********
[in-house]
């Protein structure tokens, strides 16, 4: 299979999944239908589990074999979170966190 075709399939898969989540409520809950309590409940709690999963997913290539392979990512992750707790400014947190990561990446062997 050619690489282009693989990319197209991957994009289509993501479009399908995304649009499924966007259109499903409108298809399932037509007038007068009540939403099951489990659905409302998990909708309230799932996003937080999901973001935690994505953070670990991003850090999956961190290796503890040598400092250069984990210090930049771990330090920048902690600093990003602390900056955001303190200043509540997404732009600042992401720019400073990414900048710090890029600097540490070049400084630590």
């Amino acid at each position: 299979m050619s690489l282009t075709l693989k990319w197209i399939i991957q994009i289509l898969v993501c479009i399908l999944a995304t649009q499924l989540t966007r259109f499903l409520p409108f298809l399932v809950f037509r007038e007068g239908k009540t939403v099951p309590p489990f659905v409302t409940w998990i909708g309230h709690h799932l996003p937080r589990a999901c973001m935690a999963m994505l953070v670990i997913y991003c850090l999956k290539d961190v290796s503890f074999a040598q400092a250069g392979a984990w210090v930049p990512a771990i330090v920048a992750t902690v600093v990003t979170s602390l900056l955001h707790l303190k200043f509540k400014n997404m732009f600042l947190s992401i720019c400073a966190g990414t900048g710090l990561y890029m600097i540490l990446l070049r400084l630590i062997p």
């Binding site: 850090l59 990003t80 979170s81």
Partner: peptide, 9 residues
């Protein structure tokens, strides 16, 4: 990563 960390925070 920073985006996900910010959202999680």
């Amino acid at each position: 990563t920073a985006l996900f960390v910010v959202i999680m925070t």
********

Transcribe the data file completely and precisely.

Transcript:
[in-house]
């Protein structure tokens, strides 16, 4: 299979999944239908589990074999979170966190 075709399939898969989540409520809950309590409940709690999963997913290539392979990512992750707790400014947190990561990446062997 050619690489282009693989990319197209991957994009289509993501479009399908995304649009499924966007259109499903409108298809399932037509007038007068009540939403099951489990659905409302998990909708309230799932996003937080999901973001935690994505953070670990991003850090999956961190290796503890040598400092250069984990210090930049771990330090920048902690600093990003602390900056955001303190200043509540997404732009600042992401720019400073990414900048710090890029600097540490070049400084630590």
């Amino acid at each position: 299979m050619s690489l282009t075709l693989k990319w197209i399939i991957q994009i289509l898969v993501c479009i399908l999944a995304t649009q499924l989540t966007r259109f499903l409520p409108f298809l399932v809950f037509r007038e007068g239908k009540t939403v099951p309590p489990f659905v409302t409940w998990i909708g309230h709690h799932l996003p937080r589990a999901c973001m935690a999963m994505l953070v670990i997913y991003c850090l999956k290539d961190v290796s503890f074999a040598q400092a250069g392979a984990w210090v930049p990512a771990i330090v920048a992750t902690v600093v990003t979170s602390l900056l955001h707790l303190k200043f509540k400014n997404m732009f600042l947190s992401i720019c400073a966190g990414t900048g710090l990561y890029m600097i540490l990446l070049r400084l630590i062997p």
């Binding site: 850090l59 990003t80 979170s81």
Partner: peptide, 9 residues
């Protein structure tokens, strides 16, 4: 990563 960390925070 920073985006996900910010959202999680």
């Amino acid at each position: 990563t920073a985006l996900f960390v910010v959202i999680m925070t």